The ever provocative lingerie label Victoria’s Secret has angered parents with their Spring Break-themed PINK line. They’ve deemed VS’s younger label, targeted at girls ages 15 – 22, too “sexy” (or perhaps “trashy” is the word they’re searching for). Lace-band thong underwear with “call me” on the front and underwear with “wild” written on it were two offending examples cited by angry parents.
A petition on Change.org calls for Victoria’s Secret to pull the “Bright Young Things” campaign that is advertising the Spring Break-inspired collection with advertising such as the pretty age-appropriate video below of girls dancing on the beach. The petition has received over 1300 signatures. It appears Victoria’s Secret may have complied with their wishes. The campaign is no longer featured on their website, and the specific products called out are no longer available.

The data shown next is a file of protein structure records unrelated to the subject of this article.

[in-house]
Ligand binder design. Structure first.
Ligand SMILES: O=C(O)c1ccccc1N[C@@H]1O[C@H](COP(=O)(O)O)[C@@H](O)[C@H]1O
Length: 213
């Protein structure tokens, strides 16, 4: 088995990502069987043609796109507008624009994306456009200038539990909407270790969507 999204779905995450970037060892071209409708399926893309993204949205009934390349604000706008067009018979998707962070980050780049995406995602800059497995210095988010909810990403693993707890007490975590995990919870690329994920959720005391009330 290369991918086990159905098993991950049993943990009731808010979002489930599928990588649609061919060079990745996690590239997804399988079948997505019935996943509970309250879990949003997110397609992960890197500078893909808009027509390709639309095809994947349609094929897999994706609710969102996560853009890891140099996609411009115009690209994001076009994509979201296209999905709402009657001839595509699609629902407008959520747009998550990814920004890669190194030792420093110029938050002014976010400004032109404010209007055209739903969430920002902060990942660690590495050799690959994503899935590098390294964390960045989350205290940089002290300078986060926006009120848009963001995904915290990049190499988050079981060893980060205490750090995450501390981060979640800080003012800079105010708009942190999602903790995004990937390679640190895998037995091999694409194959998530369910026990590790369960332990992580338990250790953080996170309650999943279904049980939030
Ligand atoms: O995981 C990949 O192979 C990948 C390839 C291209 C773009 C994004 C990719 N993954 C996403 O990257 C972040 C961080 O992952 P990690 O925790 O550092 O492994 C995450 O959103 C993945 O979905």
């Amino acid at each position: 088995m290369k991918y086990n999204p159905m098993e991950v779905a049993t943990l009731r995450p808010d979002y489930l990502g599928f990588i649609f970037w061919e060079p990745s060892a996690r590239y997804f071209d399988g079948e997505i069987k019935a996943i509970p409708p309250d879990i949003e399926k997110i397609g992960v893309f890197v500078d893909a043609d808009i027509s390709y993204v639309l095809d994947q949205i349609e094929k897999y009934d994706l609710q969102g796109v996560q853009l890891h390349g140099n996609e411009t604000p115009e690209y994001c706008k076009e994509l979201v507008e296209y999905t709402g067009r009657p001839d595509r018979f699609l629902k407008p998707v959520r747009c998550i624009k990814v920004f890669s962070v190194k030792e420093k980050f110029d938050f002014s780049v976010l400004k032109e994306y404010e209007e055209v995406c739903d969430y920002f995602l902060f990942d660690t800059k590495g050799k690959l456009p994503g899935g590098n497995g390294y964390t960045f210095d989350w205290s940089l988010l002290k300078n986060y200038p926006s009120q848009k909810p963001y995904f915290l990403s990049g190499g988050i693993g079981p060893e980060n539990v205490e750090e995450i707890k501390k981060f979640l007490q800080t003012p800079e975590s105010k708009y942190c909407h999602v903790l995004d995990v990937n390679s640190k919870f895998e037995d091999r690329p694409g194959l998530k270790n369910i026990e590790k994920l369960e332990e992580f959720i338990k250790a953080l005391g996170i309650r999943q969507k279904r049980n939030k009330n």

Victoria’s Secret’s PR announced that this line was marketed towards college-aged girls, and not “teens and tweens” as parents are claiming. “In response to questions we recently received, Victoria’s Secret PINK is a brand for college-aged women,” Victoria’s Secret said in a statement. “Despite recent rumours, we have no plans to introduce a collection for younger women. ‘Bright Young Things’ was a slogan used in conjunction with the college spring break tradition.”
This statement is inconsistent with PINK’s traditional demographic of 15 – 22. Victoria’s Secret executive Stuart Burgdoerfer reaffirmed the value of this market at a conference earlier this month, saying, “When somebody’s 15 or 16 years old, what do they want to be? They want to be older, and they want to be cool like the girl in college, and that’s part of the magic of what we do at PINK.”
The other thing that teenagers are really into? Anti-authoritarian underwear. So even though Victoria’s Secret is losing the battle on their super-tasteful “call me” underwear, for the larger branding strategy, this controversy probably isn’t the worst thing that could happen.